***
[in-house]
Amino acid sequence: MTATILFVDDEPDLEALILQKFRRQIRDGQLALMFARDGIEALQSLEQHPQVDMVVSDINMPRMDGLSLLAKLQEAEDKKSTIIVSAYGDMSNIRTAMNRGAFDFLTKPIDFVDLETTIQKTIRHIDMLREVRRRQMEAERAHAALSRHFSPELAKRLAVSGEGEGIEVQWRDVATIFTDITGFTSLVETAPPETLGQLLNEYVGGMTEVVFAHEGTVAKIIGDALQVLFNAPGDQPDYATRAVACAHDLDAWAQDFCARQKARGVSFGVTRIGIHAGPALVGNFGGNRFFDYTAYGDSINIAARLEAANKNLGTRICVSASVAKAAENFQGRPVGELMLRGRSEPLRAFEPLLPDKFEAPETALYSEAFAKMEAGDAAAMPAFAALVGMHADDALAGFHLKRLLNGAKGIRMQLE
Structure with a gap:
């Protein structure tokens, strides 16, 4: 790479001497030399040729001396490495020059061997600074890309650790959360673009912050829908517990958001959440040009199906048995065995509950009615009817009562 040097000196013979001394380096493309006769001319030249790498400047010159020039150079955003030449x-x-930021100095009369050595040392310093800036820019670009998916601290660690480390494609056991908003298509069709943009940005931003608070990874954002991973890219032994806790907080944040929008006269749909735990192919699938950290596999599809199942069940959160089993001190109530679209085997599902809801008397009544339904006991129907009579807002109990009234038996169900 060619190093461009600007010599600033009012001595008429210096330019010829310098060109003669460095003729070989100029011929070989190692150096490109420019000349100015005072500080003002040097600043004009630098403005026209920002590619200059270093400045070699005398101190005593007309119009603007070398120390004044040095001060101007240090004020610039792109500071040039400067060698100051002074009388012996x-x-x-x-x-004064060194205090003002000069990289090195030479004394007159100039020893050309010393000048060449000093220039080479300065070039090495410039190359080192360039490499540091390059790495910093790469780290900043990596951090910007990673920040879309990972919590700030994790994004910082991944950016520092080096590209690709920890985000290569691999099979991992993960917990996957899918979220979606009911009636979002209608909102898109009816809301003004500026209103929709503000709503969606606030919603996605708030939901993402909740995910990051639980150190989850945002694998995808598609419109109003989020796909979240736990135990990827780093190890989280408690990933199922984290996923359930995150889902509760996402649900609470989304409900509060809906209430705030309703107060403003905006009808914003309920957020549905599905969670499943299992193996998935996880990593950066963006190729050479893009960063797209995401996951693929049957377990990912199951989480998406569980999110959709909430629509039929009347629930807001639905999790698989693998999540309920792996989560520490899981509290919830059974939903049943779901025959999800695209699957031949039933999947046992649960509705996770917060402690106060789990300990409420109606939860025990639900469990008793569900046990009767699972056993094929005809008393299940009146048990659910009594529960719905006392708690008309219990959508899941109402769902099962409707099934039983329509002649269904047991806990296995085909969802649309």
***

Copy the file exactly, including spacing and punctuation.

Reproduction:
[in-house]
Amino acid sequence: MTATILFVDDEPDLEALILQKFRRQIRDGQLALMFARDGIEALQSLEQHPQVDMVVSDINMPRMDGLSLLAKLQEAEDKKSTIIVSAYGDMSNIRTAMNRGAFDFLTKPIDFVDLETTIQKTIRHIDMLREVRRRQMEAERAHAALSRHFSPELAKRLAVSGEGEGIEVQWRDVATIFTDITGFTSLVETAPPETLGQLLNEYVGGMTEVVFAHEGTVAKIIGDALQVLFNAPGDQPDYATRAVACAHDLDAWAQDFCARQKARGVSFGVTRIGIHAGPALVGNFGGNRFFDYTAYGDSINIAARLEAANKNLGTRICVSASVAKAAENFQGRPVGELMLRGRSEPLRAFEPLLPDKFEAPETALYSEAFAKMEAGDAAAMPAFAALVGMHADDALAGFHLKRLLNGAKGIRMQLE
Structure with a gap:
């Protein structure tokens, strides 16, 4: 790479001497030399040729001396490495020059061997600074890309650790959360673009912050829908517990958001959440040009199906048995065995509950009615009817009562 040097000196013979001394380096493309006769001319030249790498400047010159020039150079955003030449x-x-930021100095009369050595040392310093800036820019670009998916601290660690480390494609056991908003298509069709943009940005931003608070990874954002991973890219032994806790907080944040929008006269749909735990192919699938950290596999599809199942069940959160089993001190109530679209085997599902809801008397009544339904006991129907009579807002109990009234038996169900 060619190093461009600007010599600033009012001595008429210096330019010829310098060109003669460095003729070989100029011929070989190692150096490109420019000349100015005072500080003002040097600043004009630098403005026209920002590619200059270093400045070699005398101190005593007309119009603007070398120390004044040095001060101007240090004020610039792109500071040039400067060698100051002074009388012996x-x-x-x-x-004064060194205090003002000069990289090195030479004394007159100039020893050309010393000048060449000093220039080479300065070039090495410039190359080192360039490499540091390059790495910093790469780290900043990596951090910007990673920040879309990972919590700030994790994004910082991944950016520092080096590209690709920890985000290569691999099979991992993960917990996957899918979220979606009911009636979002209608909102898109009816809301003004500026209103929709503000709503969606606030919603996605708030939901993402909740995910990051639980150190989850945002694998995808598609419109109003989020796909979240736990135990990827780093190890989280408690990933199922984290996923359930995150889902509760996402649900609470989304409900509060809906209430705030309703107060403003905006009808914003309920957020549905599905969670499943299992193996998935996880990593950066963006190729050479893009960063797209995401996951693929049957377990990912199951989480998406569980999110959709909430629509039929009347629930807001639905999790698989693998999540309920792996989560520490899981509290919830059974939903049943779901025959999800695209699957031949039933999947046992649960509705996770917060402690106060789990300990409420109606939860025990639900469990008793569900046990009767699972056993094929005809008393299940009146048990659910009594529960719905006392708690008309219990959508899941109402769902099962409707099934039983329509002649269904047991806990296995085909969802649309």